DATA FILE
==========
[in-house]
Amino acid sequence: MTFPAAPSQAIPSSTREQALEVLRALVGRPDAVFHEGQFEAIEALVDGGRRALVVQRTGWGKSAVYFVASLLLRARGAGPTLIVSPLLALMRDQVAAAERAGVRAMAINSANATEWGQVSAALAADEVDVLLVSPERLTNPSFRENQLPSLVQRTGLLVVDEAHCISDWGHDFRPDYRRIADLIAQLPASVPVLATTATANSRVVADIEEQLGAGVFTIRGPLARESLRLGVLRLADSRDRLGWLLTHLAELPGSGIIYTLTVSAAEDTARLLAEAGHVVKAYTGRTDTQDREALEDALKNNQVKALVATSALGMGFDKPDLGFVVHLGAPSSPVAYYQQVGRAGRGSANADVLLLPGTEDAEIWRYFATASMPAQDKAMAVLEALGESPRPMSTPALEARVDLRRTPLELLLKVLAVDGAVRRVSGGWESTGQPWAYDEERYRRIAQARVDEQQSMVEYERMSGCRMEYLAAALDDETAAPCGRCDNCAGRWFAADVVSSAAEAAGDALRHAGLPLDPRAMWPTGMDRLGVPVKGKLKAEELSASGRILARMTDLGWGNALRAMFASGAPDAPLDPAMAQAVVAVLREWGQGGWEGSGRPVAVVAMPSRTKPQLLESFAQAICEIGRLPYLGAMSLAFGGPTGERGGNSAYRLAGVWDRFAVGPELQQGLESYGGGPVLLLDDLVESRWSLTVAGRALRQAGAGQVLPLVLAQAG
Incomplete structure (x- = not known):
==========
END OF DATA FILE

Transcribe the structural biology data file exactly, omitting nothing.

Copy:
[in-house]
Amino acid sequence: MTFPAAPSQAIPSSTREQALEVLRALVGRPDAVFHEGQFEAIEALVDGGRRALVVQRTGWGKSAVYFVASLLLRARGAGPTLIVSPLLALMRDQVAAAERAGVRAMAINSANATEWGQVSAALAADEVDVLLVSPERLTNPSFRENQLPSLVQRTGLLVVDEAHCISDWGHDFRPDYRRIADLIAQLPASVPVLATTATANSRVVADIEEQLGAGVFTIRGPLARESLRLGVLRLADSRDRLGWLLTHLAELPGSGIIYTLTVSAAEDTARLLAEAGHVVKAYTGRTDTQDREALEDALKNNQVKALVATSALGMGFDKPDLGFVVHLGAPSSPVAYYQQVGRAGRGSANADVLLLPGTEDAEIWRYFATASMPAQDKAMAVLEALGESPRPMSTPALEARVDLRRTPLELLLKVLAVDGAVRRVSGGWESTGQPWAYDEERYRRIAQARVDEQQSMVEYERMSGCRMEYLAAALDDETAAPCGRCDNCAGRWFAADVVSSAAEAAGDALRHAGLPLDPRAMWPTGMDRLGVPVKGKLKAEELSASGRILARMTDLGWGNALRAMFASGAPDAPLDPAMAQAVVAVLREWGQGGWEGSGRPVAVVAMPSRTKPQLLESFAQAICEIGRLPYLGAMSLAFGGPTGERGGNSAYRLAGVWDRFAVGPELQQGLESYGGGPVLLLDDLVESRWSLTVAGRALRQAGAGQVLPLVLAQAG
Incomplete structure (x- = not known):